What is Rotoscoping

What is Rotoscoping?

Animating a film requires a lot of moving parts and working elements. Some of the most intricate animations are the result of a rotoscoping process. Also known as rotoscope animation. This technique has been around for decades. And has roots in the early days of animation effects. But what is rotoscoping exactly? And how does the technique add effects to films and videos?

What is Rotoscoping?

Rotoscoping animation is a technique that involves the use of live-action motion picture footage. Traced, frame by frame, in order to achieve the appearance of similar live-action movements in animated films.

Historically, rotoscoping required animators to project the live-action images onto a glass panel. All in order to then trace over the images.

Role in Modern Films

Modern rotoscoping is mostly handled by CGI, computer generated imagery, with the help of computer technology. Rotoscoping is not just for animation, though.

We’ve seen this form of animation technique pop up in live-action films that includes special effects in the movements that take place on the screen.

For example, Star Wars used rotoscoping in order to create the glowing light saber effect that is so incredibly famous for these films. The process was a matter of holding a matte propped up on a stick to trace over the matte and then create the effects.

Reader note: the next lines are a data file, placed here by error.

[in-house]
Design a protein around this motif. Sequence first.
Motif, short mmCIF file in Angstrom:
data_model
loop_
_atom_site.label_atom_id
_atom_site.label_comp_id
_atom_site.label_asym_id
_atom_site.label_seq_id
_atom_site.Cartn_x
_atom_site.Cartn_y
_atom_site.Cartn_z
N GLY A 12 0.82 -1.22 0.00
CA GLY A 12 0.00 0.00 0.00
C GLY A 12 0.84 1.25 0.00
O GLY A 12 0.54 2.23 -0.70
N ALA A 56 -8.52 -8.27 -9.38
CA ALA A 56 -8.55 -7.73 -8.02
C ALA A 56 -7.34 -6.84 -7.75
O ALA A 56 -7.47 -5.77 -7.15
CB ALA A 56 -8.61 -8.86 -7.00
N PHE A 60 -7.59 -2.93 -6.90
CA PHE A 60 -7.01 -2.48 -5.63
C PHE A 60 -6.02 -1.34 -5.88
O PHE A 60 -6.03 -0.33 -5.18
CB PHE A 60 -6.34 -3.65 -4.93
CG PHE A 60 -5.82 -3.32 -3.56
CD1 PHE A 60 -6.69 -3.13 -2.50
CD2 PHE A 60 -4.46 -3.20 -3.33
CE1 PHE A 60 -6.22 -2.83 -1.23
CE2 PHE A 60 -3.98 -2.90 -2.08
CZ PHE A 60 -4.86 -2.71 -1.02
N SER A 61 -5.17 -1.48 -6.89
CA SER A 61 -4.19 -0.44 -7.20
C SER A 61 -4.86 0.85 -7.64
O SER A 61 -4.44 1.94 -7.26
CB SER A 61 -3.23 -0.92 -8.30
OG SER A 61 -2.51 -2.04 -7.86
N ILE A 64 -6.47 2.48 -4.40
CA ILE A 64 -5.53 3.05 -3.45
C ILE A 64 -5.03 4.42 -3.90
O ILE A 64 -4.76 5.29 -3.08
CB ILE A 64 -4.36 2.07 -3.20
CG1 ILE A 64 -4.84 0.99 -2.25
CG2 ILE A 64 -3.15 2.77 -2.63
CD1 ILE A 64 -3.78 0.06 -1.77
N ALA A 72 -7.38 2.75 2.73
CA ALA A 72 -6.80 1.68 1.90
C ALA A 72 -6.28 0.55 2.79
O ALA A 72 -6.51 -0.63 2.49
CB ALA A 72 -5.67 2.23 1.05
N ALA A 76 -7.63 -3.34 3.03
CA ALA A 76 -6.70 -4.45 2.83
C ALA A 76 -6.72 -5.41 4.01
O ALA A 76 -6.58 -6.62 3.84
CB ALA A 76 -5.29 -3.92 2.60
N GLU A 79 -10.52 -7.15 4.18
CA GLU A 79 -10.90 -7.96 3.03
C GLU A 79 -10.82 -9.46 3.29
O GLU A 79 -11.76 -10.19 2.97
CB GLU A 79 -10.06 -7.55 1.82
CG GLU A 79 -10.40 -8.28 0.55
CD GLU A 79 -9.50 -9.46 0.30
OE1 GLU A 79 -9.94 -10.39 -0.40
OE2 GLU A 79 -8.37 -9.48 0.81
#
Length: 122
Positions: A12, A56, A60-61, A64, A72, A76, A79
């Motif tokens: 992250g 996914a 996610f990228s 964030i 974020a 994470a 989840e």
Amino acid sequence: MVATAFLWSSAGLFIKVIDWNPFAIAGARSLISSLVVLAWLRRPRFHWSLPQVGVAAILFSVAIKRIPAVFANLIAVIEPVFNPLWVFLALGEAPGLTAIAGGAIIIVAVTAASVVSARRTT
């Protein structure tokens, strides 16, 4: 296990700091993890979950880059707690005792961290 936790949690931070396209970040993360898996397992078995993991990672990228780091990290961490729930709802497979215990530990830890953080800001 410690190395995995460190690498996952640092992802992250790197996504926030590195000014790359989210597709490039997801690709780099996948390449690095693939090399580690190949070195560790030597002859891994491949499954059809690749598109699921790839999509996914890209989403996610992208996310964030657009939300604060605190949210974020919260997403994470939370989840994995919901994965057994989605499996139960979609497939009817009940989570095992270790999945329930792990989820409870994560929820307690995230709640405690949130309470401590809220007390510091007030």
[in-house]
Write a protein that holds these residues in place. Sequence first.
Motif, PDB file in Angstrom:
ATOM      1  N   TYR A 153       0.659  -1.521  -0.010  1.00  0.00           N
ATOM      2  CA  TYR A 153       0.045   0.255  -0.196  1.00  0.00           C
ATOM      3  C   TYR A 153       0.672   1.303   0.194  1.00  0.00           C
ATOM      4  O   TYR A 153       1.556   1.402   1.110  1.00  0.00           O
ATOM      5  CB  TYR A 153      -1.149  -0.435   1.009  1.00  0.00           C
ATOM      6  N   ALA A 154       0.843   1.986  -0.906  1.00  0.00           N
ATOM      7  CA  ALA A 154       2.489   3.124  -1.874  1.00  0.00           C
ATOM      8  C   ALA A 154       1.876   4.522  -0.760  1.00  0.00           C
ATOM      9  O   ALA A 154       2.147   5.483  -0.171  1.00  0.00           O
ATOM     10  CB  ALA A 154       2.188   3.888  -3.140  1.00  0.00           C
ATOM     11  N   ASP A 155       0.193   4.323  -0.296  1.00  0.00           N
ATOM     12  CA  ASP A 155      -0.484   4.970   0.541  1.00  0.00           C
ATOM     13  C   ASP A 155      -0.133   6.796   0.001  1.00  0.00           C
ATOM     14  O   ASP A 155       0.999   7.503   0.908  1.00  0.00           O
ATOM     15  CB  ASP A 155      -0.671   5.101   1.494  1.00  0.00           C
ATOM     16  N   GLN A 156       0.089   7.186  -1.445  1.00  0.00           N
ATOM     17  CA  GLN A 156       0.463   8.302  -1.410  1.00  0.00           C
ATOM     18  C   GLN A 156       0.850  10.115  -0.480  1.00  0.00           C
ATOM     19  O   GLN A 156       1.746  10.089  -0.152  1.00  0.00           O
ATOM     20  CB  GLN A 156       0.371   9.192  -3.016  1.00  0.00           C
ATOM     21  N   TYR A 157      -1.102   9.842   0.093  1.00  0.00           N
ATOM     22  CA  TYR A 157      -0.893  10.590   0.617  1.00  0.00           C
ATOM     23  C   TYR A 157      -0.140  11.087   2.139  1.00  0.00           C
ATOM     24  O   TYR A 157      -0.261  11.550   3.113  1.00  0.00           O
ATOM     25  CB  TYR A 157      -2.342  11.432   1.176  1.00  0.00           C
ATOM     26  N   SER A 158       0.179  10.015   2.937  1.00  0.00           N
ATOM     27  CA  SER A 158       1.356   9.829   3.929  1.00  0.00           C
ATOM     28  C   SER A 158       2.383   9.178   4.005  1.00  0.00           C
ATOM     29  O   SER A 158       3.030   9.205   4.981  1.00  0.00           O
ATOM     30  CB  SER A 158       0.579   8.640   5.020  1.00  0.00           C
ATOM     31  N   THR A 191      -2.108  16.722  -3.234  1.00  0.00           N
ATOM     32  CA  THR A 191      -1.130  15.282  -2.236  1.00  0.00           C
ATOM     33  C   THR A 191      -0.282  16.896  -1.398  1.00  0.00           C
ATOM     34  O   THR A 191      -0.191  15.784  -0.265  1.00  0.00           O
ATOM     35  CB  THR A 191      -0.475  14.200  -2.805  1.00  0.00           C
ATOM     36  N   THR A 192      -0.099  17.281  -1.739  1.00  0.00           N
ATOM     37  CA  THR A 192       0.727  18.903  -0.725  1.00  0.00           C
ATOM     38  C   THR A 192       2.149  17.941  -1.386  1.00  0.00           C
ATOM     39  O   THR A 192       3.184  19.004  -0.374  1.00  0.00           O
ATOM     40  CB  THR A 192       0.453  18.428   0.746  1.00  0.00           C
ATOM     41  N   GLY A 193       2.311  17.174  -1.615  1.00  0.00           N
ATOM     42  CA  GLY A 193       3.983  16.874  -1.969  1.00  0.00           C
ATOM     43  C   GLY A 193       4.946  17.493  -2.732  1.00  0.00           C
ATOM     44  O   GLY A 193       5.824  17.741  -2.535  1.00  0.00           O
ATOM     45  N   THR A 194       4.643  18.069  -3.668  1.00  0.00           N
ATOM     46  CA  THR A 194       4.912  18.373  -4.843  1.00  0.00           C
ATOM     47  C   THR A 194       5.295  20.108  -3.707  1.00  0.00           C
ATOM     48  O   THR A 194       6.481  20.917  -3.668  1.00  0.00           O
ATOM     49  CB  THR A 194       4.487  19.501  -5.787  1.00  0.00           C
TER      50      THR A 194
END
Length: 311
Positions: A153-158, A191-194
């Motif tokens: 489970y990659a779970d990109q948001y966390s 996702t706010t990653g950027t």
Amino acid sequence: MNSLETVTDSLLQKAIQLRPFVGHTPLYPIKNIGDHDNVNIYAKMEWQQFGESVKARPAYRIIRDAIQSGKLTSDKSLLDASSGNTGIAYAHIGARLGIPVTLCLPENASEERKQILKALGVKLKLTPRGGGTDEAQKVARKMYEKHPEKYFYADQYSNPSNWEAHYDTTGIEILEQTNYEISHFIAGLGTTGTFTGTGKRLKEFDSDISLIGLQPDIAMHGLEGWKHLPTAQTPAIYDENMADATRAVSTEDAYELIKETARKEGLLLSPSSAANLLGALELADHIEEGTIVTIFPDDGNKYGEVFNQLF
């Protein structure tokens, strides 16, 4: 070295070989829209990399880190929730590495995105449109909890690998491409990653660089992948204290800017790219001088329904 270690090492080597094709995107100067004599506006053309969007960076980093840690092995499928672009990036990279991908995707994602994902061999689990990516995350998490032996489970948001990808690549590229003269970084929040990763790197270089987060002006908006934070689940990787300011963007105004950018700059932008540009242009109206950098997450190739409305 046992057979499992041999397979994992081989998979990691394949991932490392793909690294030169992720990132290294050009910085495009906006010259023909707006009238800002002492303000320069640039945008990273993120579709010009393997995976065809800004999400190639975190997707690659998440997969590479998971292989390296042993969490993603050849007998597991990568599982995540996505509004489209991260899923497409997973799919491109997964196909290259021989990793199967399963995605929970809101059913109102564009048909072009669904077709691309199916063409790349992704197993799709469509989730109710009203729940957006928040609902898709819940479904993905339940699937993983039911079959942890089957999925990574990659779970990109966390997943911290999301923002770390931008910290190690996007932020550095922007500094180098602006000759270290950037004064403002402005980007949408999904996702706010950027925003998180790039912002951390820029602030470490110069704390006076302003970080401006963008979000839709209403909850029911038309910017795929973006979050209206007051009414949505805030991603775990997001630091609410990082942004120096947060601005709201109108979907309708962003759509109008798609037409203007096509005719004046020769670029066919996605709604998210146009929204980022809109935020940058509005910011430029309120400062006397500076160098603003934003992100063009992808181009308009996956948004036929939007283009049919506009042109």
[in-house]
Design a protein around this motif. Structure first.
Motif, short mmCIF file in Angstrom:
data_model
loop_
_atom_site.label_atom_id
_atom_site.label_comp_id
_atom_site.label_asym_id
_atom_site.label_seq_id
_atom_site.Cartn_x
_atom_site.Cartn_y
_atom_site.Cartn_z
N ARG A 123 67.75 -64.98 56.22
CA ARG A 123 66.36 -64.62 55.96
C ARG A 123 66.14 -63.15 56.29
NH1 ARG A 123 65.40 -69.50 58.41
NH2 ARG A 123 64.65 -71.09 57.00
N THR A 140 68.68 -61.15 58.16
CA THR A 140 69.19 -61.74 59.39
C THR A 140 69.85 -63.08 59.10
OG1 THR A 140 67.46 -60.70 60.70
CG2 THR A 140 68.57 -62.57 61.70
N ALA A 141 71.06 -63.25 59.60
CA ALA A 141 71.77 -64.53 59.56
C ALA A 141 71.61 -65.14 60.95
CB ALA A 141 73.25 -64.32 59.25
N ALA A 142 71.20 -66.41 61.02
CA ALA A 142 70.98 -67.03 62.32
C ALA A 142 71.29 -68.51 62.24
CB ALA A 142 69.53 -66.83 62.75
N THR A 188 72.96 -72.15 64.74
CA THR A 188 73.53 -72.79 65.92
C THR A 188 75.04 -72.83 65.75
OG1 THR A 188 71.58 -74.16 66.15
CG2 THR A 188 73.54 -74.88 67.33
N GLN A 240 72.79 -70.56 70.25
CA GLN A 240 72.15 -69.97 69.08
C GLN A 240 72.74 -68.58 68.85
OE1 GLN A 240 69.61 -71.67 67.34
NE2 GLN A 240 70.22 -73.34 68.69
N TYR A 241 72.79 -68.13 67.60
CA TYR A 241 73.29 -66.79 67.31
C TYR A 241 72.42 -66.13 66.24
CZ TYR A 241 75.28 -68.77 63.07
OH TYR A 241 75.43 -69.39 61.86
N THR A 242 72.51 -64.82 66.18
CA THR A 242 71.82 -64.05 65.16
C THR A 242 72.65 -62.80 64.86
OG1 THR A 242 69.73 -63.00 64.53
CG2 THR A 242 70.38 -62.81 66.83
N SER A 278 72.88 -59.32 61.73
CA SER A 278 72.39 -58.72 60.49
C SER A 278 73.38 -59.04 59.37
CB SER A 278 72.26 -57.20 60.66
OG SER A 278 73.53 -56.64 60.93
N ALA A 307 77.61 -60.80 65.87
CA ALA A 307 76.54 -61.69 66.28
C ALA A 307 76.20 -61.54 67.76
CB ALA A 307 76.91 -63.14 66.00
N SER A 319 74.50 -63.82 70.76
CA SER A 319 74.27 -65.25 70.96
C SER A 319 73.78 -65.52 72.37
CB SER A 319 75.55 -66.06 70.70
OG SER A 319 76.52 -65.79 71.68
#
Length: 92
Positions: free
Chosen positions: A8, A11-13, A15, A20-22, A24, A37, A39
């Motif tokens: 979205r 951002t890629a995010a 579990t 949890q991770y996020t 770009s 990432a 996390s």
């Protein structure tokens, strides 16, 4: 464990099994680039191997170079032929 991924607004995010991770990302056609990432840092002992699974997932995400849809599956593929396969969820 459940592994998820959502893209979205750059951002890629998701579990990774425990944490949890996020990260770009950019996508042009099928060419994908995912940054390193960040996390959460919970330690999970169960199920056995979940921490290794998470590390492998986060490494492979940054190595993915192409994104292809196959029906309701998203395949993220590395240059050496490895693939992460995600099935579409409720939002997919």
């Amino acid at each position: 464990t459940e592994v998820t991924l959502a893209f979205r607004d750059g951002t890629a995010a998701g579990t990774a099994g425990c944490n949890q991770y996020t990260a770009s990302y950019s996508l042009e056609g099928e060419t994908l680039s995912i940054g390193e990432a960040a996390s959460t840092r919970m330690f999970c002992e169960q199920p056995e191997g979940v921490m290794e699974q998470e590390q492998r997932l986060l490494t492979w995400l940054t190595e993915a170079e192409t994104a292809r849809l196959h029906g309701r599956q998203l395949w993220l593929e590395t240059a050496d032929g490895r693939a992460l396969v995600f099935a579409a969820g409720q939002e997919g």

Rotoscoping in Film

Many movies include rotoscoping animation as a technique used in their production. With roots dating back to before the 1900s, rotoscoping has certainly come a long way.

Early use of rotoscoping in film was common in Disney shows and movies. In fact we saw rotoscoping come alive many times in Betty Boop, Popeye, and the early showings of the original series, Superman.

The technique is also in the following films:

  • Alice in Wonderland
  • Cinderella
  • Fantasia
  • TRON

Rotoscope Animation Software

In addition to rotoscoping is a staple in many of the films we’ve all come to know and love over the years. Animation software introduced in the early 1990s made rotoscoping even more prominent in film.

Interpolated Rotoscoping

Animator Bob Sabiston introduced a process now known in the film industry as interpolated rotoscoping. This process involves achieving rotoscoping with computer software. 

The software works to trace the figures, such as by using a Rotoshop “tool”. Which is similar to what would be used in Photoshop to achieve the desired trace. And then applies the same forms of movement to the desired object.

With the introduction of interpolated rotoscoping the use of rotoscope animation has become incredibly more popular. And is now frequently in use for the animation of live-action films, in addition to animated features. 


So, what is rotoscoping? It’s the tracing of frame by frame movements on live action film in order to achieve the desired similar movement animations and special effects.

The process has been around for many years. And has certainly evolved into the interpolated rotoscoping that is most commonly used by computer software today.

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